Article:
Theresa May vows to save families £100 a year by capping 'rip-off' energy prices

Have your say

Theresa May has confirmed the Conservatives will cap "rip off" gas and electricity prices - saving families up to £100 a year - if they are returned to power in the General Election on June 8.

The Prime Minister said 17 million households will benefit from the cap on poor value standard variable tariffs (SVTs) as part of her drive to stand up for ordinary working families.

Prime Minister Theresa May has promised to cap energy prices.

Prime Minister Theresa May has promised to cap energy prices.

Jeremy Corbyn vows to stay on as Labour leader regardless of election result
The Tories were accused of stealing former Labour leader Ed Miliband's plans for an energy price freeze when the plan was first trailed last month.

At the time, then prime minister David Cameron denounced the plan and accused Mr Miliband of wanting to live in a "Marxist universe".

But in an article for The Sun, Mrs May said the energy market is not working and the Government needs to intervene.

"Like millions of working families, I am fed up with rip off energy prices," she wrote.

"Too many people simply aren't getting a fair deal. And it is the vulnerable, and those on low incomes, who are being hit hardest.

"So I am making this promise: if I am re-elected on June 8, I will take action to end this injustice by introducing a cap on unfair energy price rises."

Under the Tory plan, the cap would be set by the independent regulator for the energy market, Ofgem.

Justifying the move, the Conservatives pointed to a report last year by the Competition and Markets Authority (CMA) which found 70% of domestic customers of the "Big Six" energy companies were on SVTs.

The CMA calculated that cost to consumers of "excessive prices" charged by the Big Six to be about £1.4 billion a year.

On Monday British Gas owner Centrica hit out at the proposed cap, warning that it could lead to higher bills for consumers and reduce competition in the sector.

In a trading update, the group said it had put forward "alternative ways" to improve the market and address concerns as part of its regular dialogue with ministers.

"Centrica does not believe in any form of price regulation. Evidence from other countries would suggest this will lead to reduced competition and choice, and potentially higher average prices," it said.

"We have had a regular and constructive dialogue with the Government and have proposed alternative ways to improve the market further and address their concerns, without resorting to price regulation."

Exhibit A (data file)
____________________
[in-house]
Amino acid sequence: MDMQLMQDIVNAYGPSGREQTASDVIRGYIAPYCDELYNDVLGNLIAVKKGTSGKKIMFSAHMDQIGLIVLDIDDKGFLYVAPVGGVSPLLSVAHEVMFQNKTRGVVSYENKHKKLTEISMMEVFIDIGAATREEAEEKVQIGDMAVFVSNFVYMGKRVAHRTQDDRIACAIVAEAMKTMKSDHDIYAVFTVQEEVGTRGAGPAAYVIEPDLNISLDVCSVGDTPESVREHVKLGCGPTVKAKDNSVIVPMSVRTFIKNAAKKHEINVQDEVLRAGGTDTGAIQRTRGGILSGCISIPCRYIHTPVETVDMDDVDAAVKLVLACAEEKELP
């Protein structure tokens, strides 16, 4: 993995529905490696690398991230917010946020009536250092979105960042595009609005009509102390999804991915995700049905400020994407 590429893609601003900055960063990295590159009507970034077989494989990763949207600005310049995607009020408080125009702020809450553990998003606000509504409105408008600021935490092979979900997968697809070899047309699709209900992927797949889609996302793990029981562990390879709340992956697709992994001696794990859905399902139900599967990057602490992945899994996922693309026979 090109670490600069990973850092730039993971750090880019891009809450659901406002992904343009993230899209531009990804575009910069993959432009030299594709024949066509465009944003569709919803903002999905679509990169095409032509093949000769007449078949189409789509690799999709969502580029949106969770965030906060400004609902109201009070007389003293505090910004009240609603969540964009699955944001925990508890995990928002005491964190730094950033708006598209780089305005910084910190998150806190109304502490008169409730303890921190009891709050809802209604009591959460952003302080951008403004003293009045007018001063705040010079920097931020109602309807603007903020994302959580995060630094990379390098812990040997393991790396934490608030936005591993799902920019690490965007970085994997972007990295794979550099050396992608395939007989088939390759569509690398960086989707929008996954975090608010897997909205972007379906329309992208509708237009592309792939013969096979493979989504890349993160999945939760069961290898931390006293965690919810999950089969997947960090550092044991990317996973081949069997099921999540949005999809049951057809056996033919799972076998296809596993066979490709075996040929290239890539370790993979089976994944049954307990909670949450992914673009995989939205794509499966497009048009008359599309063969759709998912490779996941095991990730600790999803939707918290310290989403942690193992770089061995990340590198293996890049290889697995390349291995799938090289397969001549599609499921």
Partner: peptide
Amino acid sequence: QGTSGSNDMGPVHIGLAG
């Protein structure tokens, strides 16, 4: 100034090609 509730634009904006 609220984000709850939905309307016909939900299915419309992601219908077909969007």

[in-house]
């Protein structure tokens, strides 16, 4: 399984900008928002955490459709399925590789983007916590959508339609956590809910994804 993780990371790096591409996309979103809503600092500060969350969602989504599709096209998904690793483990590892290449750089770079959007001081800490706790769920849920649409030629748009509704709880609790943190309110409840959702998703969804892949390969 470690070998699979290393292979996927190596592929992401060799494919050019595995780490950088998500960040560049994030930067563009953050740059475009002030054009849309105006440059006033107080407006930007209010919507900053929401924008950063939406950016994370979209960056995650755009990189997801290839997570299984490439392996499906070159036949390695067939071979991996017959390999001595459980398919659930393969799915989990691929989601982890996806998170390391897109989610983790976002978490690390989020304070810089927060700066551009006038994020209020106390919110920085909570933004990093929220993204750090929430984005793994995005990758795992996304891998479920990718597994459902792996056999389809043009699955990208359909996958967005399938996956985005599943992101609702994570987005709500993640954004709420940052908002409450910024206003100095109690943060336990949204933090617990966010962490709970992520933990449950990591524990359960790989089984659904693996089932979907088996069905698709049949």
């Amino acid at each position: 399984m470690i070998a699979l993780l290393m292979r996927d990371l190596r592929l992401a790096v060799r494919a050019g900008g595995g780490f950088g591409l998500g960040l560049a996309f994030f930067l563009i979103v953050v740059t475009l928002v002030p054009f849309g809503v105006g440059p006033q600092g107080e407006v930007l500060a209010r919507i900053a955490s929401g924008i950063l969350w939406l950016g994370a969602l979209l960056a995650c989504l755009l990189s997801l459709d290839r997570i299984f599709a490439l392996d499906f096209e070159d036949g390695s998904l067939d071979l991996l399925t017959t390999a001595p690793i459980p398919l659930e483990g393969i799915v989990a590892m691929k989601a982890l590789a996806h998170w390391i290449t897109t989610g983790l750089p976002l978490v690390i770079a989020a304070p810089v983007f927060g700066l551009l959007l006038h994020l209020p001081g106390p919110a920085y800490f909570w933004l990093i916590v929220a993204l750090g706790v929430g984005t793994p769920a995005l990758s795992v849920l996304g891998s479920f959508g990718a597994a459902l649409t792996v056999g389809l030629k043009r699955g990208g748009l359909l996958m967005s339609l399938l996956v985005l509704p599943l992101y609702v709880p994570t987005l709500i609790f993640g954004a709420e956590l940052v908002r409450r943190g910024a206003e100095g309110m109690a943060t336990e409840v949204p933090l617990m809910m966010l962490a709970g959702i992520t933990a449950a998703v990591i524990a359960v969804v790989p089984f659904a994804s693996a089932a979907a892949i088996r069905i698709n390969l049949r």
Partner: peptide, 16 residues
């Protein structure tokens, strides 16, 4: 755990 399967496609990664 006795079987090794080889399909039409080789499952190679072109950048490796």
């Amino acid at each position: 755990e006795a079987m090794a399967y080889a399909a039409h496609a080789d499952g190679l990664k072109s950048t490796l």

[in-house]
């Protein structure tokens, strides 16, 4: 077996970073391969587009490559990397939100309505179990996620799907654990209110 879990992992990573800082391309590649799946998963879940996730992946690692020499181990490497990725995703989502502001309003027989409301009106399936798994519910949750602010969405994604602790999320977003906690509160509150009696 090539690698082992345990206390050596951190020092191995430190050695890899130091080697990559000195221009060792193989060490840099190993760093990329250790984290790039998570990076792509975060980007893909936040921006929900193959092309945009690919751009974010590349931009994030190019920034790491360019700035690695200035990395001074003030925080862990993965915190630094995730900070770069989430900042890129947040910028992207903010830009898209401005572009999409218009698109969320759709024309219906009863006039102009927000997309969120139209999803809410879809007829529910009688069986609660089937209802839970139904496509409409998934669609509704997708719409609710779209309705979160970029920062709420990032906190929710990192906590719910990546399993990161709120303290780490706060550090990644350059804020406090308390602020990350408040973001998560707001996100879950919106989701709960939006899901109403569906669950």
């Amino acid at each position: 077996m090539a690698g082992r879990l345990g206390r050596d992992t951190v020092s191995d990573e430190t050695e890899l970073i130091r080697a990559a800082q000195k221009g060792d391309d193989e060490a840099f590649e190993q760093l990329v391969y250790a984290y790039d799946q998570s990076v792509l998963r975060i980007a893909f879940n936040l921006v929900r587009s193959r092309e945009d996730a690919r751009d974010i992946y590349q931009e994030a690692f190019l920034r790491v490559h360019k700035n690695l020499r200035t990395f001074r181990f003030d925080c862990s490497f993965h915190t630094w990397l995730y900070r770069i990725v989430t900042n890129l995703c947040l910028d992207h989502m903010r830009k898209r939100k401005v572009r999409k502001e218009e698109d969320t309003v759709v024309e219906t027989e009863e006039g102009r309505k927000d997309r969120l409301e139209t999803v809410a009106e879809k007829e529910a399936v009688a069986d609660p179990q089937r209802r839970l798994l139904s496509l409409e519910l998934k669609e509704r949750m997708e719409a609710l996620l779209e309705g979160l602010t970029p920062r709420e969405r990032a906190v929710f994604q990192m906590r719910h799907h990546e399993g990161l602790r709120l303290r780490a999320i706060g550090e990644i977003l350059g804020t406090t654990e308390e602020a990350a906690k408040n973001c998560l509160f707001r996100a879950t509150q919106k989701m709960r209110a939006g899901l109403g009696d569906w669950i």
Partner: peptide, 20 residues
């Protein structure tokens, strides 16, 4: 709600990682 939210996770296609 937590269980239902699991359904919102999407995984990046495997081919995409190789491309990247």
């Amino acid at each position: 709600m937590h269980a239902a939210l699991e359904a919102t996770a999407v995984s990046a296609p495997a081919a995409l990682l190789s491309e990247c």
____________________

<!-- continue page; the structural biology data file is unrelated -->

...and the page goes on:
The group said trading in the first quarter of 2017 had been hit by warmer than usual weather, leading to lower than expected energy consumption.

During that period it lost 261,000 customers, and it has now put in place measures to slash a further £250 million in costs, with 1,500 jobs facing the axe this year.

Labour's shadow business secretary Rebecca Long-Bailey said the Conservatives had still not provided any proper detail as to how the cap would work.

"When the Tories say they'll 'cap' bills, the question they need to answer is whether they can guarantee bills won't go up for people next year - that's the real test," she said.

"A cap suggests a maximum amount that can be charged, not a promise that bills won't go up year on year."

For the Liberal Democrats, former energy secretary Sir Ed Davey said: "It is never a good idea to copy the economic strategy of Ed Miliband.

"As the Conservatives pointed out at the time, this will damage investment in energy when it is needed more than ever."

Josh Hardie, deputy director general of the CBI said: "Putting customers at the heart of the energy market is important for everyone.

"The Competition and Markets Authority's thorough two-year investigation identified low levels of consumers switching energy providers as a challenge, and put forward a range of recommendations to address this.

"It is important that these measures bed in before looking to further interventions.

"A major market intervention, such as a price cap, could lead to unintended consequences, for example dampening consumers' desire to find the best deal on the market and hitting investor confidence."